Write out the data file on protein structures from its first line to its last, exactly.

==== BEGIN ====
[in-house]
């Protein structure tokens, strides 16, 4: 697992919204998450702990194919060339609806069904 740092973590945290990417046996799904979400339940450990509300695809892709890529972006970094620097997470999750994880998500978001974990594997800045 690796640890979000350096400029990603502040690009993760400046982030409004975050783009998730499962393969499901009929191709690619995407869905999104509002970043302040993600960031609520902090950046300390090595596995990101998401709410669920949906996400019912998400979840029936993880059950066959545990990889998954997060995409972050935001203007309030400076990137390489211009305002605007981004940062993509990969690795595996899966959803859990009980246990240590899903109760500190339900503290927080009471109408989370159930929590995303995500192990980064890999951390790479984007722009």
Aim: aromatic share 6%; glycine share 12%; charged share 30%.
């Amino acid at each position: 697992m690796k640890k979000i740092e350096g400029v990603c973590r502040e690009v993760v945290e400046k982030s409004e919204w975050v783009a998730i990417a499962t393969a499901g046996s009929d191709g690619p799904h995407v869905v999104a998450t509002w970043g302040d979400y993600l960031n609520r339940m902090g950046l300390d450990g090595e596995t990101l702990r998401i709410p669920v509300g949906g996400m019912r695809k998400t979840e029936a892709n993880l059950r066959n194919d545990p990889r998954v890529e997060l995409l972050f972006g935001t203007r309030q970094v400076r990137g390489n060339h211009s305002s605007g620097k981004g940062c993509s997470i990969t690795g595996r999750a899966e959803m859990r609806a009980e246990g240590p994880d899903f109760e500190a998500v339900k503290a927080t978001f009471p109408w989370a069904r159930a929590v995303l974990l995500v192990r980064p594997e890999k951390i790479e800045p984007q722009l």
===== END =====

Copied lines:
[in-house]
């Protein structure tokens, strides 16, 4: 697992919204998450702990194919060339609806069904 740092973590945290990417046996799904979400339940450990509300695809892709890529972006970094620097997470999750994880998500978001974990594997800045 690796640890979000350096400029990603502040690009993760400046982030409004975050783009998730499962393969499901009929191709690619995407869905999104509002970043302040993600960031609520902090950046300390090595596995990101998401709410669920949906996400019912998400979840029936993880059950066959545990990889998954997060995409972050935001203007309030400076990137390489211009305002605007981004940062993509990969690795595996899966959803859990009980246990240590899903109760500190339900503290927080009471109408989370159930929590995303995500192990980064890999951390790479984007722009």
Aim: aromatic share 6%; glycine share 12%; charged share 30%.
């Amino acid at each position: 697992m690796k640890k979000i740092e350096g400029v990603c973590r502040e690009v993760v945290e400046k982030s409004e919204w975050v783009a998730i990417a499962t393969a499901g046996s009929d191709g690619p799904h995407v869905v999104a998450t509002w970043g302040d979400y993600l960031n609520r339940m902090g950046l300390d450990g090595e596995t990101l702990r998401i709410p669920v509300g949906g996400m019912r695809k998400t979840e029936a892709n993880l059950r066959n194919d545990p990889r998954v890529e997060l995409l972050f972006g935001t203007r309030q970094v400076r990137g390489n060339h211009s305002s605007g620097k981004g940062c993509s997470i990969t690795g595996r999750a899966e959803m859990r609806a009980e246990g240590p994880d899903f109760e500190a998500v339900k503290a927080t978001f009471p109408w989370a069904r159930a929590v995303l974990l995500v192990r980064p594997e890999k951390i790479e800045p984007q722009l």